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In the 21st Century we have regulated DC power supplies that are better quality when compared to unregulated DC power supplies found on some computer and videogame systems in the 1970’s, 1980’s, and 1990’s. Also, in the 21st Century all modern DC power supplies accept an input voltage between 100-240 volts AC at 50/60Hz. All current modern AC power supplies only work on either 120 volts or 220 volts and are not dual voltage for worldwide use.

 

It would be possible to create a new state of the art power supply for the TI-99 series computers and the Spectravideo 318 and 328 computer systems

 

AC power supplies are harder to find and they also are much more complicated when compared to DC power supplies. The best UL listed AC power supplies offered for the consumer market in 2020 are all single voltage output transformers that also have the required level VI DOE rating. However even in the year 2020 the best AC power supplies are unregulated and drop in voltage as the amp draw from the device increases. There is no modern off the shelf AC power supply that will work with the TI-99 series computers and Spectravideo 318 and 328 computer systems. I believe I can use two separate power supplies like a 16 volts AC power supply and a second 9 volts AC power supply connected to the special wire harness, and since its level VI approved by the DOE, it should work and would be legal for resell. However, the original TI-99 and Spectravideo computers use a single wall transformer that outputs two separate AC voltages, which is better for the consumer. So even though one can legally sell two wall adapters wired to one wire harness that is level VI, it would be a downgrade compared to what people in the 80’s were using for AC transformers.

 

In the 21st Century since all or almost all modern electronic products are using low voltage DC voltage, new AC power supplies are not in demand. Therefore, companies are not spending the money to do research and development on improving AC wall power supplies and AC desktop power supplies.

 

It is technically possible with research and development to create a new style of AC power supply that could be used for the TI-99 series computers and Spectravideo 318 and 328 computer systems.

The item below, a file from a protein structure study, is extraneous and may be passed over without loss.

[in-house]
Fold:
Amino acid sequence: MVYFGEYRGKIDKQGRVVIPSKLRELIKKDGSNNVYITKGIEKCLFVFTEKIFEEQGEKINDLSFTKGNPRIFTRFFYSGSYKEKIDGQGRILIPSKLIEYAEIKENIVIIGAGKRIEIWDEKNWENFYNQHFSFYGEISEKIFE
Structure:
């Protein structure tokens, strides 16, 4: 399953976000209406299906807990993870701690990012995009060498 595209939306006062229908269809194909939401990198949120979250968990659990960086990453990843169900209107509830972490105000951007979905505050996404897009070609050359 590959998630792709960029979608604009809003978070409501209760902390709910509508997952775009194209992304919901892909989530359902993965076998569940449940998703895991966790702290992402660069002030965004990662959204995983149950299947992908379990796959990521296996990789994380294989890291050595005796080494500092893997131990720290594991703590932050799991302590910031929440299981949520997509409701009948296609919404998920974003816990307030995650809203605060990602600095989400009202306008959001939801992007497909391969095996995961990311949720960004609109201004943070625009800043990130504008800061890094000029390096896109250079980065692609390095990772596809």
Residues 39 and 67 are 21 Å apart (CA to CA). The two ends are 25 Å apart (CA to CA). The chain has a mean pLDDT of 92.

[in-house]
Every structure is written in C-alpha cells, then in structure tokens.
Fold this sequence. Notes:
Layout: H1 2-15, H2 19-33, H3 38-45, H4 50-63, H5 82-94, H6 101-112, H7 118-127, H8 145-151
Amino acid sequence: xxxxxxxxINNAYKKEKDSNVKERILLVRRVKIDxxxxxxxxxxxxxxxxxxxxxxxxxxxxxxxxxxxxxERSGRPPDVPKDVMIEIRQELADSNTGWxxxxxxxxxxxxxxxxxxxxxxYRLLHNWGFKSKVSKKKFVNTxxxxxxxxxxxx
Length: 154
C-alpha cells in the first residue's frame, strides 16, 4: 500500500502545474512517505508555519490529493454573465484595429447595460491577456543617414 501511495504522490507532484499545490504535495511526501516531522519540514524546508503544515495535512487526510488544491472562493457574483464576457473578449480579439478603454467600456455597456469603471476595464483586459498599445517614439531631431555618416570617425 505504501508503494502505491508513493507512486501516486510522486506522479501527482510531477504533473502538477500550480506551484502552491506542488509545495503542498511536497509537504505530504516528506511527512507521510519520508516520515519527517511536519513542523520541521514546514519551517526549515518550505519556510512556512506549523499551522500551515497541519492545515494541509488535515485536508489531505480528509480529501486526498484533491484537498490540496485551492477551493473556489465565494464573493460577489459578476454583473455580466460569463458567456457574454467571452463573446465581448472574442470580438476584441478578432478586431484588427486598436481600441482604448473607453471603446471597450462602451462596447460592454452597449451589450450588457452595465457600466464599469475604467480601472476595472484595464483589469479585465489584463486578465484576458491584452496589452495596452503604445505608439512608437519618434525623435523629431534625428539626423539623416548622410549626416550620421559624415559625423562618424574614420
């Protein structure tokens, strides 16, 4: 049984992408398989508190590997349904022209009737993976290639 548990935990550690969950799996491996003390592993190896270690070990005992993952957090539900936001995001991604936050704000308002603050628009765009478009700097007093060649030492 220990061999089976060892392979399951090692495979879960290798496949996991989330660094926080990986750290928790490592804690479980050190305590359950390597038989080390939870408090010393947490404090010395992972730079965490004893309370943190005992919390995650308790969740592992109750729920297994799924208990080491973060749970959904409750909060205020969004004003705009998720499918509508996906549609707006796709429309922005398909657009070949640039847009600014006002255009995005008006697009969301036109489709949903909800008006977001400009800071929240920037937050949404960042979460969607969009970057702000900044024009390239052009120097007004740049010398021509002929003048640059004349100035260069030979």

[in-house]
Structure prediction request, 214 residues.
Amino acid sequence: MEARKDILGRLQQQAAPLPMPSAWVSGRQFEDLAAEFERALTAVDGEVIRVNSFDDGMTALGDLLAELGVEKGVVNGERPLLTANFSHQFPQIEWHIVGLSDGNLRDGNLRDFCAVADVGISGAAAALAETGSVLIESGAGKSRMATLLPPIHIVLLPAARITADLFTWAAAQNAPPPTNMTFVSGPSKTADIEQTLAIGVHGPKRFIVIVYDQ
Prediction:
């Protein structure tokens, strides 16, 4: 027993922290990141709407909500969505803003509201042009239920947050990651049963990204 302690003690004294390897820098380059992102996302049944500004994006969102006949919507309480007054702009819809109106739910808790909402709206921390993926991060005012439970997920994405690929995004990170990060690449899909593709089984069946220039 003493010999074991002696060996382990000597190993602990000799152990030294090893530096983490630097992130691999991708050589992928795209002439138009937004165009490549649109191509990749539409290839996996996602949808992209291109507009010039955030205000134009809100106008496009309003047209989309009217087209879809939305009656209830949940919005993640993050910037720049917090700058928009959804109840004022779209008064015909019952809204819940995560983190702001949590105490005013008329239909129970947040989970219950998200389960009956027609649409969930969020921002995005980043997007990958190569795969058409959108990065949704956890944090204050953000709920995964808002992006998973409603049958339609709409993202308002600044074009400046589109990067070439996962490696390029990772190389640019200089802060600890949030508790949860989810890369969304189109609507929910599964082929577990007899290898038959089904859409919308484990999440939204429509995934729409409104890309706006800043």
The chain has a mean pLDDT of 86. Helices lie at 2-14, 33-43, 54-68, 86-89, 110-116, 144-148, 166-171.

Specs that could be done for a new state of the art 21st Century AC power supply

 

(1)  The new AC power supply would have a regulated 16 volts AC output and a regulated 9 volts or 8 volts AC output. The 16 volts AC and 9 volts AC would remain the same regulated voltage regardless of the current load anywhere between 0 to 3 amps. This would be a major improvement since an unregulated AC power supply today drops in voltage each time the load increases. With a new state of the art regulated AC power supply 16 volts and 9 volts output would occur regardless if the load is 3 amps, 2 amps, 1 amps, 0.5 amps, or 0 amps.  

 

(2)   The dual voltage AC output power supply needs to be able to operate on both 115V 50/60Hz and 230V 50/60Hz and be auto sensing/switching to the applied input voltage between 100-240 volts. And have a detachable 3 pole or 2 pole AC inlet socket that allows one to plug in their own style of country power cord. This is a feature that is only found on DC power supplies, but a similar design could be ported over to a new AC power supply.

 

(3)   The power supply would need to be UL listed, FCC certified/tested, CE safety for Europe, and level VI energy efficiency.

 

I have been in communications with some power supply companies regarding making a custom state of the art AC to AC power supply. While many power supply companies require a minimum order of 2,000 power supplies, I located one company that would take a minimum order of 500 power supplies. However, the estimated research and development cost on a new state of the art AC power supply would cost between $10,000-$15,000+. Then it would cost another $15,000+ for UL listing plus the fees for FCC, CE, and level VI DOE. So, one might be looking at around $30,000+ just to complete the research and development costs with the safety certifications like UL listed. The cheapest UL listed and level VI unregulated AC power supply with single voltage output costs around $20 after shipping. A new state of the art regulated desktop dual output AC power supply might have a list price of around $50. I think I am going to put this project on hold since there is a minimum order of 500 power supplies after one completes the research and development cost. I am not sure there would be enough worldwide demand for such a project. I would rather spend $30,000-$40,000+ on remodeling my home theater setup in the future. Maybe one day I could sell some stocks at a big profit to fund this project or similar projects. Supporting these 70’s, 80’s, and 90’s videogame and computer systems is not profitable.

 

For any power supply project, if one makes a very small change to a existing very cheap AC or DC wall power supply on the market, even if the change does not require any research and development costs, there is a $15,000+ fee just to get the optional UL certification feature on the power supply before it is ran off the assembly line at the factories located in China and other places in the world. That is why some power supply companies when they came out with the new required level VI DOE power supplies back in 2016, decided to make their products only UL recognized material in the specs and decided not to pay $15,000+ to get the product UL listed. So many power supplies online from various websites are no longer UL listed because of the cost involved and instead use UL recognized material which has no fee.

Edited by HDTV1080P